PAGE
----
During Vania Schlogel’s keynote at the world’s largest music conference Midem in early June, Schlogel discussed several issues and opportunities related to artist compensation on the current streaming market.
– Today’s system is so difficult to comprehend, you’ll need a PhD to understand any of it, Schlogel said, before continuing with an example of how the revenues could be shared more easily, how a more direct link to what the customer listens to could be created and and how the artists be compensated.
– Let’s say I pay ten dollars a month and this month I’ll listen to ten songs. With this model every stream will equal one dollar. If I listen to A$AP Rocky seven times, he will receive seven dollars.
Reestablish the connection between fans and artists
Schlogel’s example is apparently similar to the user centric model developed by Arnt Maasø and his colleagues at the Sky & Scene research project at the University of Oslo.
The current payout model applied to streaming services distributes, in rough terms, revenue in accordance with artists’ and rights holders’ market share. A user centric model could potentially change the distribution scheme as revenue would be split between the artists that are actually being streamed, as this report from Sky & Scene demonstrates:
User-centric settlement for music steaming. The study was conducted on data from WiMP, now TIDAL, in the period of August 2012 to August 2013.
But Schlogel didn’t just advocate for this model out of an economical perspective, but talked about the vital connection between artists and fans.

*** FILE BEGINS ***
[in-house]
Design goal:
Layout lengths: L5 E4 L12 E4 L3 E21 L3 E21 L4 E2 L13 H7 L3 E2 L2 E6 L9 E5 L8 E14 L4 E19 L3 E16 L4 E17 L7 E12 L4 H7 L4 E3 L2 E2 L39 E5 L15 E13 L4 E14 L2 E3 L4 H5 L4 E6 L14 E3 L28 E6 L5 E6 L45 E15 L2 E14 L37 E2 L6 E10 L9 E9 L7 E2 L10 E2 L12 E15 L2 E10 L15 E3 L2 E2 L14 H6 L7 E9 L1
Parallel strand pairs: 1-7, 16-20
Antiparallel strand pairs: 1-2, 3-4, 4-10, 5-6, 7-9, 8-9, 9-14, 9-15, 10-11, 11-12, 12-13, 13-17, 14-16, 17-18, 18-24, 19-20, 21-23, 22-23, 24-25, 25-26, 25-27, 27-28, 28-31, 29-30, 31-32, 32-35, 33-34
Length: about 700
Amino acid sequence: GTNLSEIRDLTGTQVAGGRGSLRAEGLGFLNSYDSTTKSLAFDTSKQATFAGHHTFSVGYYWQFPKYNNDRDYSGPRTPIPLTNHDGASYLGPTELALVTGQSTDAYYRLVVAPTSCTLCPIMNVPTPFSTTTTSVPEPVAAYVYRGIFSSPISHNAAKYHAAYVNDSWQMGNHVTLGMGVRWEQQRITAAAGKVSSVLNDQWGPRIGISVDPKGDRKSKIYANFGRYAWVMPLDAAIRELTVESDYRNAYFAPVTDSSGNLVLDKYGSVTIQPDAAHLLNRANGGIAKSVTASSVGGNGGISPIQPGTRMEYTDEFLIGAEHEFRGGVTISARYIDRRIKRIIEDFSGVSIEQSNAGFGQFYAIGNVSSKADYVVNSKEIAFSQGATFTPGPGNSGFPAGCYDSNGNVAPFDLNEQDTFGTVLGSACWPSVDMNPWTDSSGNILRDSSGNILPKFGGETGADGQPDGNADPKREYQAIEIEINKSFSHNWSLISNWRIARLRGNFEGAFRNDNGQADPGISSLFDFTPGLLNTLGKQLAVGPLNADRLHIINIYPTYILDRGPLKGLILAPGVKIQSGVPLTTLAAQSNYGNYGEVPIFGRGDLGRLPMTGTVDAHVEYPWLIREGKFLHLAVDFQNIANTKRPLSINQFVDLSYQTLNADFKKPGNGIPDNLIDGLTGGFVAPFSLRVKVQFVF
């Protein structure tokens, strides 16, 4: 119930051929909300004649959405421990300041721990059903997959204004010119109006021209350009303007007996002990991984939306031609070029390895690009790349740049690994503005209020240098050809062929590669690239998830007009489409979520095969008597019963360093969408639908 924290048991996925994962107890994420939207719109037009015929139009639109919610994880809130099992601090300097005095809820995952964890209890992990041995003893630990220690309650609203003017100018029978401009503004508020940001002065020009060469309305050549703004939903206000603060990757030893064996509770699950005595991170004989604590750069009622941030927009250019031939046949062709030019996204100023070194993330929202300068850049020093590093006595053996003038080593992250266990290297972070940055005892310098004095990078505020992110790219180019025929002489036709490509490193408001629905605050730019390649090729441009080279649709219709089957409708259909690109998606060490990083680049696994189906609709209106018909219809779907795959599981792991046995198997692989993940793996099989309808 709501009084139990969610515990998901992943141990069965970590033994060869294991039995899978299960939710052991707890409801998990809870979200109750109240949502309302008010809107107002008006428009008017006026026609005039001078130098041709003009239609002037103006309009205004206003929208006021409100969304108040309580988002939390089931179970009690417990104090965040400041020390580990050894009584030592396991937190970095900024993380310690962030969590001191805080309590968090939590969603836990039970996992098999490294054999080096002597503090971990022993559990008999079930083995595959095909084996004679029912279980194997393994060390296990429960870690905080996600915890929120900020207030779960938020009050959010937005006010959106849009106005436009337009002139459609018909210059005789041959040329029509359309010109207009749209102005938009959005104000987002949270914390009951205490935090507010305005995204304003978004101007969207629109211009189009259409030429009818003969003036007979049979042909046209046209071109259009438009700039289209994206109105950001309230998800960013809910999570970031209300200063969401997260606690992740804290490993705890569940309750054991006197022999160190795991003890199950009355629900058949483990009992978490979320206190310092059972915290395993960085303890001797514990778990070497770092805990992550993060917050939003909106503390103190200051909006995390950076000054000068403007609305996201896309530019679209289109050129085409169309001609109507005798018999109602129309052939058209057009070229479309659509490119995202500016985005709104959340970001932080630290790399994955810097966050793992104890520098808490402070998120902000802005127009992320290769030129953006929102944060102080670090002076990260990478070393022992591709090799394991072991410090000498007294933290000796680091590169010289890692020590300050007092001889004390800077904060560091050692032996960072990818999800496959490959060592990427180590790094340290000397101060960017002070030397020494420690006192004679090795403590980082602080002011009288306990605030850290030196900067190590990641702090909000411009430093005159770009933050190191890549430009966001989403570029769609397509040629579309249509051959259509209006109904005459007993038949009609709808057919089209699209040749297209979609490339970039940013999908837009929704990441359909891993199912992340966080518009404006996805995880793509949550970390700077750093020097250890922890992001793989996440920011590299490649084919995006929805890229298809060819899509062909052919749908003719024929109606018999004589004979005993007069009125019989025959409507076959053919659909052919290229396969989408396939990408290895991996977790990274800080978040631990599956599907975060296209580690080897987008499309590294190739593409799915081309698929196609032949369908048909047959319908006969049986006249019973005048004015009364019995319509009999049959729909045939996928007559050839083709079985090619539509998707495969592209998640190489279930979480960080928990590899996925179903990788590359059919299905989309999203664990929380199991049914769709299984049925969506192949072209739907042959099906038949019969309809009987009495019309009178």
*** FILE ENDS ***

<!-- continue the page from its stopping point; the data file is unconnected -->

– When you hear ever so often that an artist has been streamed several million times but is only compensated a couple of dollars, the fans are like; “But how? How is this possible?”.
Schlogel continues by saying that the linear bond between fans and artists, where fans are certain that the money they’ve spent on an album goes to the artist, is gone with the current payout model.
– We must re-establish this connection between artists and fans. Our job in the music industry is to inspire fans and to connect fans to the artists they love, Schlogel said from the Midem stage.
Easier said than done
Maasø was one of the researches behind the Sky & Scene project which studied the user centric model. He’s glad to hear Tidal discussing the model employed today, but fears it might be difficult to make big changes in the short term:
– This is very exciting and could give a fairer payout to the rights holders. The problem is that such a substantial change would require big and extensive renegotiations of all contracts the streaming services have signed to date.
Maasø also points out that the launch of Apple Music will make it even harder to make a transition to a user centric payout model:
– The more common today’s system becomes, the harder it will be to make changes. If this were to happen, it has to happen while streaming still is a new platform in several territories.
During her keynote, Schlogel highlighted some of the many challenges related to switching to an alternative payout model.
– This cannot be done overnight. It will require large and serious investments in accounting systems and other things, but let’s have an open discussion about it, she said.